Forty-three years after their actions drew worldwide attention, 1,300 heroes of the Labor Movement became enshrined last month in the Labor Hall of Fame located in the U.S. Department of Labor.
The Memphis sanitation workers became the newest inductees as Labor Secretary Hilda Solis called them “ordinary men who took an extraordinary stand for what is right.”
Eight of the surviving workers were present for the April 29 ceremony. Earlier in the day, President Barack Obama hosted the group in the White House.
Marching under the banner “I Am A Man,” the workers walked off the job after two co-workers were crushed when a garbage truck malfunctioned. The city government would not recognize the union they created, AFSCME Local 1733. Picket lines continued for several months, gaining national attention when Dr. Martin Luther King, Jr. joined them. King was killed in Memphis during a trip to support the workers.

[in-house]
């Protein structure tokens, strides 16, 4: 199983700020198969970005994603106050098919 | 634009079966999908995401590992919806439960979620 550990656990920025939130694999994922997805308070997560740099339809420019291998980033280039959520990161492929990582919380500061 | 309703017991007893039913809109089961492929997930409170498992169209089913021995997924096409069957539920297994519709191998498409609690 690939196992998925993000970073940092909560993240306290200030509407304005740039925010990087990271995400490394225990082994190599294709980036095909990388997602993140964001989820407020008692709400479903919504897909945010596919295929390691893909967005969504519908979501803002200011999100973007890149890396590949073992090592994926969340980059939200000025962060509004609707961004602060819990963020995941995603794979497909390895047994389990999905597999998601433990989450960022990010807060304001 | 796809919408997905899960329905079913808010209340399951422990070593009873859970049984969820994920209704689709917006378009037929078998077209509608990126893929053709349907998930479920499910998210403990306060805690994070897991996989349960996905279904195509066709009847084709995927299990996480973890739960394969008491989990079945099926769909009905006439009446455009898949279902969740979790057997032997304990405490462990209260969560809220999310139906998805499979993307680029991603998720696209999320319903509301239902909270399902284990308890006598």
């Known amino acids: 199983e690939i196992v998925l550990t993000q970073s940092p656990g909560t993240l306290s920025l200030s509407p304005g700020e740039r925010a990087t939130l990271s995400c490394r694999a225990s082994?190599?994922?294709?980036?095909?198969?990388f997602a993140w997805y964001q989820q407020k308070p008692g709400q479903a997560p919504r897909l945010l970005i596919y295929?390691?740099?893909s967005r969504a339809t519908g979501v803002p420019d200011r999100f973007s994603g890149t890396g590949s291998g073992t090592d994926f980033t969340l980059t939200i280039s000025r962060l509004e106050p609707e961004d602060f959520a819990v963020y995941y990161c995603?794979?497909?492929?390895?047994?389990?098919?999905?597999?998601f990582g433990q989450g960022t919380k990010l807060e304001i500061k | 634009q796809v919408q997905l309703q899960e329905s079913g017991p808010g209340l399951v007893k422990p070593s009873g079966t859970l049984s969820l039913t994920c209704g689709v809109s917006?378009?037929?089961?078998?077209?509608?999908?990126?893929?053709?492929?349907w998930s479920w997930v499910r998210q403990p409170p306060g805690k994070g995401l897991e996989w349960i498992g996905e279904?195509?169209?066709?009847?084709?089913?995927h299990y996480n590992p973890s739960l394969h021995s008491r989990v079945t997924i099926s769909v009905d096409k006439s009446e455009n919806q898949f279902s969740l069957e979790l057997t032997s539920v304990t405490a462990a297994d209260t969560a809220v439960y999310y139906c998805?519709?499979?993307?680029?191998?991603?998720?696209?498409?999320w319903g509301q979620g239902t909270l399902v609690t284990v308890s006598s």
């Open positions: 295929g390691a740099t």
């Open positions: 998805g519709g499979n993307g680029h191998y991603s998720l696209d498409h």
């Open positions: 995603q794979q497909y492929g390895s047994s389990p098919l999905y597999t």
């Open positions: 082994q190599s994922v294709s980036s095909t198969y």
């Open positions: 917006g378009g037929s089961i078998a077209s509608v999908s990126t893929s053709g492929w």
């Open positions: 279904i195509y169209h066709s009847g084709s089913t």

Speaking at the event, Alvin Turner (one of those who went on strike) cited the parallels between today’s actions against public employees and those he and his fellow AFSCME members endured in 1968:
“I see they’re trying to balance the budget on the backs of poor people. They’re starting at the top with the teachers, but they’re coming down to the little man. I go to union meetings and only 10 people are there. They’re coming after you and if you don’t start coming to union meetings, they’re gonna get you.”
The Labor Hall of Fame was created in 1988. The late MTD President Paul Hall was enshrined in 2003.